Why surplus Soviet military equipment is still used in the U.S.

Expert: "The difference between the two types is that the F/A-18 has a folding wing and vertical twin stabilizers: The Su-34's stabilizers are parallel." Photo: Sukhoi Su-27 fighter aircraft.

Expert: "The difference between the two types is that the F/A-18 has a folding wing and vertical twin stabilizers: The Su-34's stabilizers are parallel." Photo: Sukhoi Su-27 fighter aircraft.

Vadim Savitsky/Global Look Press
A U.S. Air Force (USAF) fighter jet has been reportedly spotted practicing close aerial combat against a Russian Sukhoi Su-27 over Nevada. The eyewitness may have got the aircraft type wrong, but there actually are Su-27s in the U.S., as well as other unofficially procured examples of Soviet military equipment.

A "Russian Su-27P" has been involved in an air combat training exercise with a USAF F-16 in the skies over Nevada, The Daily Mail claims, citing a local eyewitness.

The amateur photographer took photos of the event on Nov. 8, 2016. He insists that the F-16's opponent was a Russian-built single-seat fighter jet. The British newspaper believes it is one of the several Su-27s purchased in the former Soviet Union.


The close aerial combat, or dogfight as the tactic is known, took place at an altitude of 6,000 meters.

"It is universally believed that now, with precision missile weapons in place, there is no longer any need to engage in dogfights, because the adversary can be safely engaged from a distance," Dmitry Safonov, a military analyst with Russian daily newspaper Izvestia, told RBTH. "However, close aerial combat allows pilots to hone their skills, as well as testing the capabilities of their own aircraft and those of the simulated opponent."

Safonov said the U.S. had indeed purchased some Russian military equipment from former Soviet regions. In 1997, Washington procured 21 MiG-29 fighters from Moldova, to prevent them falling into the hands of the Iranians. Several Su-27s were bought from Belarus and Ukraine between the mid 1990s-2000s for aggressor roles as part of USAF pilot training.

"All these aircraft were purchased unofficially to be subsequently studied by American experts," Safonov explained. "The reason was the growing number of Su-27s in operation around the world. A country's armed forces need to know a potential enemy's weak and strong points."

Safonov says that Su-27s are currently used by the air forces of Russia, India, Malaysia, Venezuela, Algeria and many other countries. In fact, the aircraft bought by the USA were not combat-capable: They had been disarmed.

Russian camo

The USAF made headlines last fall, when Canadian journalist Christian Borys uploaded to Twitter photographs of F/A-18 fighters in the camouflage scheme normally applied to Russian Air Force Su-34 bombers.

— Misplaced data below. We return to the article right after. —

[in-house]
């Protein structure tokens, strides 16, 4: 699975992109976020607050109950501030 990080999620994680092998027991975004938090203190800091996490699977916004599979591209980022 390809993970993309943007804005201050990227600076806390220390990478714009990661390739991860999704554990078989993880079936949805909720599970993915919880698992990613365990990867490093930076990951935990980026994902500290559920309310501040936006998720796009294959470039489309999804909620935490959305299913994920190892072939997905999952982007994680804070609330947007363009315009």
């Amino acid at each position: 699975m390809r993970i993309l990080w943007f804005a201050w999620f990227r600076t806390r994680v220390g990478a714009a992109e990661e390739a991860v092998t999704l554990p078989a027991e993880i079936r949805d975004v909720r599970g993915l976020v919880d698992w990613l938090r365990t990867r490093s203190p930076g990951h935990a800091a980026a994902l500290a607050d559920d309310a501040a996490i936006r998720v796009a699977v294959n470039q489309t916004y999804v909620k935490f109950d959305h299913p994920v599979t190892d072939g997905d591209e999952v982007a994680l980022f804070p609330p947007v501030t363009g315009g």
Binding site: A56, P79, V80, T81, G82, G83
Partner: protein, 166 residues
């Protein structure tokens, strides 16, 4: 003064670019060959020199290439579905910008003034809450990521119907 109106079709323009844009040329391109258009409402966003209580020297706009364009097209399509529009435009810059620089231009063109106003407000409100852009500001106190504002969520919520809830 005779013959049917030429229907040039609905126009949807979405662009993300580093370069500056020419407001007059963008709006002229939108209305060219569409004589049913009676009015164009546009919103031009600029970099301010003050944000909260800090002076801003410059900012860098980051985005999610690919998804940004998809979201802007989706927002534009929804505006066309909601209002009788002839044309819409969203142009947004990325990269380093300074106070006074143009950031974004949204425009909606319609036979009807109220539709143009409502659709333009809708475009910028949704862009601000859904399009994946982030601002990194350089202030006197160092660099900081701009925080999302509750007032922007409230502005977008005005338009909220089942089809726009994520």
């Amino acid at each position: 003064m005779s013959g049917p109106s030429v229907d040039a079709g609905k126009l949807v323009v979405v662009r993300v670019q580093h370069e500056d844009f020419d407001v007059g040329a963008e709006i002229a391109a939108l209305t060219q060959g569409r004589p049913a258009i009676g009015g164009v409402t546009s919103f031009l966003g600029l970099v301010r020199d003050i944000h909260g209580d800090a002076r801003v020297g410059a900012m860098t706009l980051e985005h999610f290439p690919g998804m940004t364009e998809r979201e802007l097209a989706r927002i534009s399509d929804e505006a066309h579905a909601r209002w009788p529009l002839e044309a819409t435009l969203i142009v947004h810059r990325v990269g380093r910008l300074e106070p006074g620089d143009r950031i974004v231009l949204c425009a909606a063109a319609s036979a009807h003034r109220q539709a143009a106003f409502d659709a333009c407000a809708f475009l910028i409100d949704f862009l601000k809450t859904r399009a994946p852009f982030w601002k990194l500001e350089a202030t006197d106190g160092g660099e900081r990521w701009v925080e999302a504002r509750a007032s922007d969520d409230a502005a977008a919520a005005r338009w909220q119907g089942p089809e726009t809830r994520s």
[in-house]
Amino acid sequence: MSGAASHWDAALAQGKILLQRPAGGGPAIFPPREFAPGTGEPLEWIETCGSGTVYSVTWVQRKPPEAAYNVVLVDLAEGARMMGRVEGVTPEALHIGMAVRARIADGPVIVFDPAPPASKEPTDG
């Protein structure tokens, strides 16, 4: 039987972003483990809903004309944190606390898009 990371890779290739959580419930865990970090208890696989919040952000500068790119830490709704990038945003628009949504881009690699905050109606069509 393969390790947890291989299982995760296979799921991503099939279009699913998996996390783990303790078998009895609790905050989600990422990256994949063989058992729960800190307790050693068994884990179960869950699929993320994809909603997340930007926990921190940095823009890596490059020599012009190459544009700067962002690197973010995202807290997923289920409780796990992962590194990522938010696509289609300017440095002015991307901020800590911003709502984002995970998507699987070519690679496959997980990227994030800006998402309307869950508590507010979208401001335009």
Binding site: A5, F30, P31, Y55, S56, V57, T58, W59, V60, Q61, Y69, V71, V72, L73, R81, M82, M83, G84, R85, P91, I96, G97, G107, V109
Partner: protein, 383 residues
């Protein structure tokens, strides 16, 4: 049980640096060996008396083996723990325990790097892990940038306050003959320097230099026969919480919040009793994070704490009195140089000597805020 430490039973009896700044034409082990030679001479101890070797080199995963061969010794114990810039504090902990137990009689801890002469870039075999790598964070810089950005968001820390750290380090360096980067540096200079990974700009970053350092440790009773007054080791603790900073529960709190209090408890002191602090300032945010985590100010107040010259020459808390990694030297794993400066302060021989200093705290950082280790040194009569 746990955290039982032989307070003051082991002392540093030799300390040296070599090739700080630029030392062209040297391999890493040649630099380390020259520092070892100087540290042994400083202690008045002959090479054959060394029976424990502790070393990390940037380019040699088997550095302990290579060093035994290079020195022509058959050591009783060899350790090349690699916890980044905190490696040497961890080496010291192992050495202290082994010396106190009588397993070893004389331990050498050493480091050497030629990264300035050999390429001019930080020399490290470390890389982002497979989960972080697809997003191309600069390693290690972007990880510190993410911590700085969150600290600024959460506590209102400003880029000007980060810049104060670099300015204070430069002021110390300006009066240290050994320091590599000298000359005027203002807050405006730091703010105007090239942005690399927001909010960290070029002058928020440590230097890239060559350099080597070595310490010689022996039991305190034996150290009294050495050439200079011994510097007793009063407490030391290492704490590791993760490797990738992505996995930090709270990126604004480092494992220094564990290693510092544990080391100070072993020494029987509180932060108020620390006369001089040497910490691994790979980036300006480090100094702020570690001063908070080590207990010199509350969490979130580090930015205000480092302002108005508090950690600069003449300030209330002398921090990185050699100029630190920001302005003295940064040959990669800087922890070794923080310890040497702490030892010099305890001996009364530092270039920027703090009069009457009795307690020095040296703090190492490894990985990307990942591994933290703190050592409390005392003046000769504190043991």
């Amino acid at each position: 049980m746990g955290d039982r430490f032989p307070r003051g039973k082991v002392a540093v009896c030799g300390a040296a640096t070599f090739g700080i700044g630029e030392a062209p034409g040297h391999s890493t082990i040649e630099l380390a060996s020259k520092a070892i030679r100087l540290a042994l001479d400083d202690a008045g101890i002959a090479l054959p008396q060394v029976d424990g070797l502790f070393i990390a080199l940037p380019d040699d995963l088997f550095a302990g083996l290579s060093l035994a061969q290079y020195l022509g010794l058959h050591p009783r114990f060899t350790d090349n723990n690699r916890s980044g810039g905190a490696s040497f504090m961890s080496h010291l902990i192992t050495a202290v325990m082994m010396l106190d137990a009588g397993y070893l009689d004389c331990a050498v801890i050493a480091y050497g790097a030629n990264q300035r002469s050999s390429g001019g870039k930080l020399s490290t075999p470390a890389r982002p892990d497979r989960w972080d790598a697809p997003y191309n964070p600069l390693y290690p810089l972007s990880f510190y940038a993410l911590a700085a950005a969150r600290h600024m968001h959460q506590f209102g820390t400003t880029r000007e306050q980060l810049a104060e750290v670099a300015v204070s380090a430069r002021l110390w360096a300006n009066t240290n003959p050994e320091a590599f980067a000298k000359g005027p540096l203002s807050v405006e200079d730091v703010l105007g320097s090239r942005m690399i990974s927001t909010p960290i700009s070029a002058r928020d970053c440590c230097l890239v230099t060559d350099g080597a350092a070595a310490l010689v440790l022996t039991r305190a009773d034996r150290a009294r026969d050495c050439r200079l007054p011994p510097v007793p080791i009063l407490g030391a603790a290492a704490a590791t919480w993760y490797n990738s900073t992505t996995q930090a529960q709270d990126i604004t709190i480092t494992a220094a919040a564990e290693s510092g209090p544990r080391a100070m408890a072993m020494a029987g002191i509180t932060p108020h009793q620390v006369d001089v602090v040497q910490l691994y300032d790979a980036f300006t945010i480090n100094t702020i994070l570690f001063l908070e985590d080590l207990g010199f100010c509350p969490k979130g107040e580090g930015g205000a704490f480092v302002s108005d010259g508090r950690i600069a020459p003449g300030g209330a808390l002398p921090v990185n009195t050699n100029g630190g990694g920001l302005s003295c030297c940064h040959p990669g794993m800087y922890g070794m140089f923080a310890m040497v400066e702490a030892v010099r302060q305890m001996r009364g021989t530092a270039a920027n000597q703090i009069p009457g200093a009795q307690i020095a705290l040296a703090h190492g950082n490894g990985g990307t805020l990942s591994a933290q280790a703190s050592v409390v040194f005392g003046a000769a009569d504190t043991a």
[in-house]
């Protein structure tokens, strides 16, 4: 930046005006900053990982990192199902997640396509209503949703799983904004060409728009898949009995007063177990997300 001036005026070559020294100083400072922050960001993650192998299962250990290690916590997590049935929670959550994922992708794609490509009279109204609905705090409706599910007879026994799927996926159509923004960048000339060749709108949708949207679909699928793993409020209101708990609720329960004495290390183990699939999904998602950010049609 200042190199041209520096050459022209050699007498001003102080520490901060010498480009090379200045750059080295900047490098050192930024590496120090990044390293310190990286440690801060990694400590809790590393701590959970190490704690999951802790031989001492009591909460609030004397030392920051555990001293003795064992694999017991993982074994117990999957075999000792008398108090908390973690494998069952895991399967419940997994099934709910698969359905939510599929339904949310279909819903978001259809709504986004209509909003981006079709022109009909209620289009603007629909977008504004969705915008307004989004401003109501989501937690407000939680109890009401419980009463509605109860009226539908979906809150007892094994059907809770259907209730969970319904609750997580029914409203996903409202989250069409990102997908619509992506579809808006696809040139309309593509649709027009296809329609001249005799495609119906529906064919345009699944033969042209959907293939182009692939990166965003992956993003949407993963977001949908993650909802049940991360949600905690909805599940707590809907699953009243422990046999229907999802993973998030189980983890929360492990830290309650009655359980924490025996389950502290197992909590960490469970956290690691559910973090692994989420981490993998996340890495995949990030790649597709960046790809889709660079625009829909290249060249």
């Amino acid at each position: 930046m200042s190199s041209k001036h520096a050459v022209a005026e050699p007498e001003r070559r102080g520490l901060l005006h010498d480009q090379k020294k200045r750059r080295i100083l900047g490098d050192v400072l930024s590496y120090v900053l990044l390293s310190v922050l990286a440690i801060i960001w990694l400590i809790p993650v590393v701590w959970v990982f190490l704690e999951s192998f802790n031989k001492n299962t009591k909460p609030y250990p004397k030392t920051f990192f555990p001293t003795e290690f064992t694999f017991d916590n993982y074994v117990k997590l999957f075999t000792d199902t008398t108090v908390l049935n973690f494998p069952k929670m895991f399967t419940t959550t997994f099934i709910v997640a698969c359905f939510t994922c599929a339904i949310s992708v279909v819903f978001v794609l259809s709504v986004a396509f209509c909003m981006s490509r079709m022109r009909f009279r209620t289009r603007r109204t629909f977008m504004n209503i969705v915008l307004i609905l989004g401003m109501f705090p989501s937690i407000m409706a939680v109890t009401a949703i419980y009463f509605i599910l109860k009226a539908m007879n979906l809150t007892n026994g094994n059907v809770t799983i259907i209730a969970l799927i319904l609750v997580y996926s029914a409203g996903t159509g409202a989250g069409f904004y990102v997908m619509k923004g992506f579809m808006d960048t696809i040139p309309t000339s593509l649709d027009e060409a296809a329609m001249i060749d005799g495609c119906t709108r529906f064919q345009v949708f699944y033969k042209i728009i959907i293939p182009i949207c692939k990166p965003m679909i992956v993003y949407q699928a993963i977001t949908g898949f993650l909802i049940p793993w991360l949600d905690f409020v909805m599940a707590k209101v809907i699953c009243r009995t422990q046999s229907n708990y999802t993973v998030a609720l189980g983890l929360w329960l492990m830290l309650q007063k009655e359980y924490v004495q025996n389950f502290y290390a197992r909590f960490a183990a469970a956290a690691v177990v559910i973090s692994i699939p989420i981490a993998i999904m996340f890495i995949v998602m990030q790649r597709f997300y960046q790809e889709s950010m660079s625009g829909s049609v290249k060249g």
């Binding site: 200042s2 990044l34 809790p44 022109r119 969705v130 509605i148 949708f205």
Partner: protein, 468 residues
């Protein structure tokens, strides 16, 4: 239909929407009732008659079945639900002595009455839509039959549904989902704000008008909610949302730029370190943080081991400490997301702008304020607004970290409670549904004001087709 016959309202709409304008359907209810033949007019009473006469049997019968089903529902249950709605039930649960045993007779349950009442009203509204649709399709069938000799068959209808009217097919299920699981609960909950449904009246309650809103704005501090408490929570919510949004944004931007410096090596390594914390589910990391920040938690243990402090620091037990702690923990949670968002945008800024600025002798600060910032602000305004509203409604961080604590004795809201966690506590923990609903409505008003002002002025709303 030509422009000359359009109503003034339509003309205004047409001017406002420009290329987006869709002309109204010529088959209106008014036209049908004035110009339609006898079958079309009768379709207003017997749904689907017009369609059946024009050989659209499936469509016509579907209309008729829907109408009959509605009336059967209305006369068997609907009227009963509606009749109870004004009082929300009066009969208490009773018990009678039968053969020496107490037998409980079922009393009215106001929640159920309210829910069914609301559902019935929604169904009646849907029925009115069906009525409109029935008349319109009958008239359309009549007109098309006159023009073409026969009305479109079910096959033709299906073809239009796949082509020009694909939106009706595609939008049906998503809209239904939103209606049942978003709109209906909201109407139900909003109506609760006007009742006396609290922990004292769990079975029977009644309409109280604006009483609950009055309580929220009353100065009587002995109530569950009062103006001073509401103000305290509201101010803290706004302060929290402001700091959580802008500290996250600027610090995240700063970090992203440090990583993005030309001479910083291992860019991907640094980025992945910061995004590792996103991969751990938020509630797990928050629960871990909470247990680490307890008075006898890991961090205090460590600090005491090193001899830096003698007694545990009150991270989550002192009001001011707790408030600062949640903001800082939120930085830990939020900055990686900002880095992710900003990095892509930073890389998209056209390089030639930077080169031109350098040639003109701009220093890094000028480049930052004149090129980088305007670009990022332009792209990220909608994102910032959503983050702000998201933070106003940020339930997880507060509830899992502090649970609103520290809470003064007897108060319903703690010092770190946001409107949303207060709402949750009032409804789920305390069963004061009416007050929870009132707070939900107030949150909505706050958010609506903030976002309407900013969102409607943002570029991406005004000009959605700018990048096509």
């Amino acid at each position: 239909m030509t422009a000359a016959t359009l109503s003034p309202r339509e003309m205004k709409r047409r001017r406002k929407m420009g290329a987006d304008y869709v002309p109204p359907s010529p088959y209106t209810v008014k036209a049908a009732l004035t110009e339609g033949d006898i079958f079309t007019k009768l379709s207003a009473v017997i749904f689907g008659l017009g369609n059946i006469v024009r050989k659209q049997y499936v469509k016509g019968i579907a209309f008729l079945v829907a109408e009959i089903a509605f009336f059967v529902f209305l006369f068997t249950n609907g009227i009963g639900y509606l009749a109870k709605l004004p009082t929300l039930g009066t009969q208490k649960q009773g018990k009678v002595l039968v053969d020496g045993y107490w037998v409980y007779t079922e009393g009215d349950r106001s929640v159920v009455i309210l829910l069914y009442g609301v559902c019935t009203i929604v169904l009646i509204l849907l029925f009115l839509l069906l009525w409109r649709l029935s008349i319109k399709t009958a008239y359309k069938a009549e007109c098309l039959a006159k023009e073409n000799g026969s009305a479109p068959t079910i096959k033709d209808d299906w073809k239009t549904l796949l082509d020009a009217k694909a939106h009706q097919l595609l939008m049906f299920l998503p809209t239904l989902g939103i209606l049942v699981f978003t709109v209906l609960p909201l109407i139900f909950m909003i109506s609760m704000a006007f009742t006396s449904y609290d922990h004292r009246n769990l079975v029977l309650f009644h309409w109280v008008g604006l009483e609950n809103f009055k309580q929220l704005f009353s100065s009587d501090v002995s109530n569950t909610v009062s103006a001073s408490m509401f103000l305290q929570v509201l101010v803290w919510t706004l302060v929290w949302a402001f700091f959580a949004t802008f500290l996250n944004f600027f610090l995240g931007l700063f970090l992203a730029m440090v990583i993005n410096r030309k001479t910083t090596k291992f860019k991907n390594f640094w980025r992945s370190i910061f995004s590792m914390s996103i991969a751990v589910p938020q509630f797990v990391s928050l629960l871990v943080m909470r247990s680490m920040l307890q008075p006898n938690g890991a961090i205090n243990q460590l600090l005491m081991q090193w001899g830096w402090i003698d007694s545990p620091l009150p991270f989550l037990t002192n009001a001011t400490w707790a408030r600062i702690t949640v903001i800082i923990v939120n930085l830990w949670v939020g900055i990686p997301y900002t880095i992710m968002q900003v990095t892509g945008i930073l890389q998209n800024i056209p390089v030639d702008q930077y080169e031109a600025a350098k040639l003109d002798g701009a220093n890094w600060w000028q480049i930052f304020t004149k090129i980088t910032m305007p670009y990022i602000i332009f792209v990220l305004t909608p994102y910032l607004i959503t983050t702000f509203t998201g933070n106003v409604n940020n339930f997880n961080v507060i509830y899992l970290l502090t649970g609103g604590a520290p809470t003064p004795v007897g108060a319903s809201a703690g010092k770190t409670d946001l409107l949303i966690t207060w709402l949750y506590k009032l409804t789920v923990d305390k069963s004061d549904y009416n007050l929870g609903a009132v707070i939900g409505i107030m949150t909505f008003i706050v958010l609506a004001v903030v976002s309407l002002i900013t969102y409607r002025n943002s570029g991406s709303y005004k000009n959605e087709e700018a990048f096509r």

"The difference between the two types is that the F/A-18 has a folding wing and vertical twin stabilizers: The Su-34's stabilizers are parallel," Vadim Kozyulin, a professor at Moscow's Military Science Academy, told RBTH. "If filmed from the ground with amateur equipment, the two types will be impossible to tell apart. In fact, this may have been the case in Nevada in November 2016."

Kozyulin added that repainting aircraft is normal practice in the USAF: It is used for friend-or-foe training purposes.

Igor Korotchenko, editor-in-chief of National Defense magazine, disagrees: "Conspiracy theories have nothing to do with this. In real combat, visual camouflage is useless against both Russian and foreign radars, which identify the aircraft type by its signature."

Soviet tanks

In the past, private U.S. arms dealers only sold Soviet and Russian-made small arms. Now Soviet tanks have become available.

The National Interest reports that a disarmed Russian T-72 tank that cannot be used for combat but is otherwise fully equipped can be bought for $50,000. However, the customer will only receive the military ironclad after obtaining the necessary clearances from U.S. authorities.

Most of this Soviet surplus comes from Eastern Europe, which has inherited a generous stockpile of armor and other weapons systems from the Cold War era.

The National Interest says that private firms buy written-off tanks at discount prices, ship them to the U.S., saw off the gun barrels and customize each vehicle to meet client requirements. It normally takes around two months between ordering a tank and having it delivered.

The key companies selling such kit include Redfish and Century Arms. Apart from tanks and small arms, they also offer different types of Soviet-made armored personnel carriers and off-road vehicles.

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